A recent study (see article at PsychCentral) suggests there is now evidence that not only does the light from these devices keep us from sleeping well, but it can also cause depression. In fact, there has been concern for many years that our ever-increasing exposure to artificial light is, indeed, affecting our moods.
The study revealed that hamsters exposed to light at night (Yes, that’s right, they did the study using hamsters!) showed symptoms associated with depression. And while I’m not quite sure how one tells if a hamster is suffering from depression or not (unless, of course, they’re smoking more than they usually do), it does seem to make sense that if a person’s sleep is disrupted, he or she might notice an increase in depressive symptoms. Regardless, a restful night’s sleep is always good for what ails you, and, therefore, anything done to ensure a good night’s rest is sure to be helpful to an overall sense of well-being. And, it reasons, that would include dimming the lights.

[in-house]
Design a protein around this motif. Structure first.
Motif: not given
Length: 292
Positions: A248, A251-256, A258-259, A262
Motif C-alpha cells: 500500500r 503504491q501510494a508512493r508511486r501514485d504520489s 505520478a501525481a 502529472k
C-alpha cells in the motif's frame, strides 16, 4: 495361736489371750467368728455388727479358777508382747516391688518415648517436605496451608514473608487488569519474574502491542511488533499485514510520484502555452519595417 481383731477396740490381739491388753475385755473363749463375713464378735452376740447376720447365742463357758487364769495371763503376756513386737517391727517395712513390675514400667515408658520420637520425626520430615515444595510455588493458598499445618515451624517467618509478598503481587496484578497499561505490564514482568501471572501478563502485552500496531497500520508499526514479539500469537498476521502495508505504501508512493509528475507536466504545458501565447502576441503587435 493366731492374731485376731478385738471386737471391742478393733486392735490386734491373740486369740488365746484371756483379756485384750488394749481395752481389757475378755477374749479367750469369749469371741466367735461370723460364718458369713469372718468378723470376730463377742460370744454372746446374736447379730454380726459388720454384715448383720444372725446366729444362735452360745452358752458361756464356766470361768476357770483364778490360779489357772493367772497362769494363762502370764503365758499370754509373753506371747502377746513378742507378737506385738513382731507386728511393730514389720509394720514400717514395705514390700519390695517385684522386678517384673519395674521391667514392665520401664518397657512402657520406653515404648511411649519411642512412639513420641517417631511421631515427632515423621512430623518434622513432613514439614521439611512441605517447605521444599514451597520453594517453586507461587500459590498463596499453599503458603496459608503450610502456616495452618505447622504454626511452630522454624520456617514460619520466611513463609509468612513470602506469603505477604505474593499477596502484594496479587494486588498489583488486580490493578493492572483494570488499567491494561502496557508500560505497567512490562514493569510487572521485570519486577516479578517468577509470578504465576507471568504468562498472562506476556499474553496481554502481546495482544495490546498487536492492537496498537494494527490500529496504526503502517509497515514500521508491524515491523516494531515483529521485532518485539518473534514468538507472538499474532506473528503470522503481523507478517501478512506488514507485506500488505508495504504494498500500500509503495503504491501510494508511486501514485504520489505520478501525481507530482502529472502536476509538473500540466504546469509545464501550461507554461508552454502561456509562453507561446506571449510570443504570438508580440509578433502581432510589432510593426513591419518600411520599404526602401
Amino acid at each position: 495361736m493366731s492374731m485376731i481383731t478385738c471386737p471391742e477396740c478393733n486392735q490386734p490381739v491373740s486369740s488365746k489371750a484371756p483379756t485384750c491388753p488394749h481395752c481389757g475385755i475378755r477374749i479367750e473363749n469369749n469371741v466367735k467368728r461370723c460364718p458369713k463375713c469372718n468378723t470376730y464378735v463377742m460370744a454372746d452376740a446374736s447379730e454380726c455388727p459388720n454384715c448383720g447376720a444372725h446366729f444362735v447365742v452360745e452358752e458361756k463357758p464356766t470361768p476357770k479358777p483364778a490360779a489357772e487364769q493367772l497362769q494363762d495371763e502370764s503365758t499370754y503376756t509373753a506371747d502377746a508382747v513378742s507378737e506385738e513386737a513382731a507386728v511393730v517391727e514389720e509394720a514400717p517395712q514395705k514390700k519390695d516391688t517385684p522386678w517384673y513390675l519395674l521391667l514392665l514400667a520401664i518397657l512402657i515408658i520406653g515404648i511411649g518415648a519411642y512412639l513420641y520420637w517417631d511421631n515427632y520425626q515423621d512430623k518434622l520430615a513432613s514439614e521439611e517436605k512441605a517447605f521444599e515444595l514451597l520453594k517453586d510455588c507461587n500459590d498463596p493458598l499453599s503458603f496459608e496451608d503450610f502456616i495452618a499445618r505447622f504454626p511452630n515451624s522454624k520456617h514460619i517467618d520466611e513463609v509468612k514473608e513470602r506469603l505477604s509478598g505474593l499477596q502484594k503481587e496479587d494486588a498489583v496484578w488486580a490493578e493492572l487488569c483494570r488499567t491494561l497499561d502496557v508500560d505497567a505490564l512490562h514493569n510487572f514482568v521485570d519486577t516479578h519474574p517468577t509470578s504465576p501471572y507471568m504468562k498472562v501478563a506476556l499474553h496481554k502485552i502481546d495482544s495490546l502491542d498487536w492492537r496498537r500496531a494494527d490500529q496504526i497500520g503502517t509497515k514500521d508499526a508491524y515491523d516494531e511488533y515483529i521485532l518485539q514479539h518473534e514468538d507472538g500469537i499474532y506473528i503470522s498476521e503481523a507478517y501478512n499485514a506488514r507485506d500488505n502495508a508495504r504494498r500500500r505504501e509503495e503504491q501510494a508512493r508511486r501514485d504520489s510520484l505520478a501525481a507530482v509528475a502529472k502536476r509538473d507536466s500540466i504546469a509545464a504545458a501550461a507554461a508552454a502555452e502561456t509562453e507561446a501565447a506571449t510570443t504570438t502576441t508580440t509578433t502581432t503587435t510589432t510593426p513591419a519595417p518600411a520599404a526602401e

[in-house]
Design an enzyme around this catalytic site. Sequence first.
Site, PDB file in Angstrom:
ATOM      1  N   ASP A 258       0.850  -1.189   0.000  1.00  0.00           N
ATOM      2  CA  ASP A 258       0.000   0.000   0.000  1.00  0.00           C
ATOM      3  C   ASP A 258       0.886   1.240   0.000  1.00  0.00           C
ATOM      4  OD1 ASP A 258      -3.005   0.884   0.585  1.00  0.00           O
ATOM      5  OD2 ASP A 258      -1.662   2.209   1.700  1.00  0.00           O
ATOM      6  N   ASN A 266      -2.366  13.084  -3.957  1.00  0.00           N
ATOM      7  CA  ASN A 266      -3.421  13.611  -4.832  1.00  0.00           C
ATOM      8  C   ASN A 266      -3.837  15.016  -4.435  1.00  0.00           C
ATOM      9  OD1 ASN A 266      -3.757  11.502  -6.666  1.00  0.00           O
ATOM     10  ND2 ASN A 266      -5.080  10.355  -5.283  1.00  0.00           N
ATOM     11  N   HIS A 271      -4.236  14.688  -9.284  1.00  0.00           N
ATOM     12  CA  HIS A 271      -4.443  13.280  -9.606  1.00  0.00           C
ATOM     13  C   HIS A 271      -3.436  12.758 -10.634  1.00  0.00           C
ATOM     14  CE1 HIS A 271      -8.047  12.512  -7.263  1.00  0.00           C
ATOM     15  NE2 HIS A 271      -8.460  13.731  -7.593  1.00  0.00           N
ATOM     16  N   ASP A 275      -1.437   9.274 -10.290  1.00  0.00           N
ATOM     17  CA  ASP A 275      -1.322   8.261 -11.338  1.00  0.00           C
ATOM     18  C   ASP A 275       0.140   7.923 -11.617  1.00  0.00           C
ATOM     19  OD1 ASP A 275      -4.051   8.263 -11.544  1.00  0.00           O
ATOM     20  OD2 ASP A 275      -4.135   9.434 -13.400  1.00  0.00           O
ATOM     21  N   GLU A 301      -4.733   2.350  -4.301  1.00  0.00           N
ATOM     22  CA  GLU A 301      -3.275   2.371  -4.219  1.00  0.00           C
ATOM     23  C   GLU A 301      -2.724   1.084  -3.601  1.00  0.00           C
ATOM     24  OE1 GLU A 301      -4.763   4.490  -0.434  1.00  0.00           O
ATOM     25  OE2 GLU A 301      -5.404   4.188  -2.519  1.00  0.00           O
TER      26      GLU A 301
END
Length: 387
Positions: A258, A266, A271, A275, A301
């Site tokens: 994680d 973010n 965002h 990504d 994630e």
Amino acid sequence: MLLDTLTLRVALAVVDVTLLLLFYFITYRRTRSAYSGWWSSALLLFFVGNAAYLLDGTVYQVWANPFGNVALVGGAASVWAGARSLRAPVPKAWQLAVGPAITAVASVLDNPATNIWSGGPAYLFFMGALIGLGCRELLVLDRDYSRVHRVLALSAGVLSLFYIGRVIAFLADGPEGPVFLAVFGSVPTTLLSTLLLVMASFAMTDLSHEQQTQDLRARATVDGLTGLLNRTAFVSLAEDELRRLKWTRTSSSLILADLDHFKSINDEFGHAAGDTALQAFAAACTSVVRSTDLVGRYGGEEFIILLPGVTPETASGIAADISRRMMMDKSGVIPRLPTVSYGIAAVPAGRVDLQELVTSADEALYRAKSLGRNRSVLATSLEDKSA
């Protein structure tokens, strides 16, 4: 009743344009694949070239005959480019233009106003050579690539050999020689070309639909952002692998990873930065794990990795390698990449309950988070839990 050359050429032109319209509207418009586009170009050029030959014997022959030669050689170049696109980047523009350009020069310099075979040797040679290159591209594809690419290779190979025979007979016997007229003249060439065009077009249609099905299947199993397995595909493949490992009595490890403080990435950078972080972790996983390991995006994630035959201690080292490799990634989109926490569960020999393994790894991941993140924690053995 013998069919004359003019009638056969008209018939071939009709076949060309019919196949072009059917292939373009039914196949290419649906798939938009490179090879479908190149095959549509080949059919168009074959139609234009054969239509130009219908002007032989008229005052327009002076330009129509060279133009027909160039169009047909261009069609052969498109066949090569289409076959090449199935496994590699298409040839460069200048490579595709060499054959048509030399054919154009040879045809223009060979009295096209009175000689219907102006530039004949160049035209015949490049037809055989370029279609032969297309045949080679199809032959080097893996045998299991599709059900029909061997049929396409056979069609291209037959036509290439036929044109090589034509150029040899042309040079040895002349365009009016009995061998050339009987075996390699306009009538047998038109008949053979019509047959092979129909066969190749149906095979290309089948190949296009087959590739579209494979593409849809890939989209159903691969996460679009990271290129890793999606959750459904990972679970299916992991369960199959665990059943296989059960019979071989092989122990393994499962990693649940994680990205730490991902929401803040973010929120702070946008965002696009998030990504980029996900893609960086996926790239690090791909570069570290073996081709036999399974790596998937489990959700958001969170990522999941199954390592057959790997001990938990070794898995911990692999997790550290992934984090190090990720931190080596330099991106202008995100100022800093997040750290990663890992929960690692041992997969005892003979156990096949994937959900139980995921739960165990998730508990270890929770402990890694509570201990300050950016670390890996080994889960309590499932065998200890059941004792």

As a mental health professional, and one who talks repeatedly with clients about the importance of good self-care – including getting a good night’s sleep – I know this stuff. In fact, I routinely advise clients when preparing for sleep to dim all the lights (and to turn off the television, cell phone, Nook, and iPod), close their eyes, and drift quietly off into La La Land. The idea is to eliminate all light sources from the environment, so the body can relax and they can get a good night’s sleep.
Truth be told, though, I’m feeling just a little bit guilty, because, as I mentioned above, I ‘m not always very good at practicing what I preach. (Did I mention that I’m also a minister? Oh well.)
Do you sleep with the TV on? Laptop? iPod? Does your cellphone chime in with “alerts” throughout the night? How’s that workin’ for ya? What do you think? Say more about that…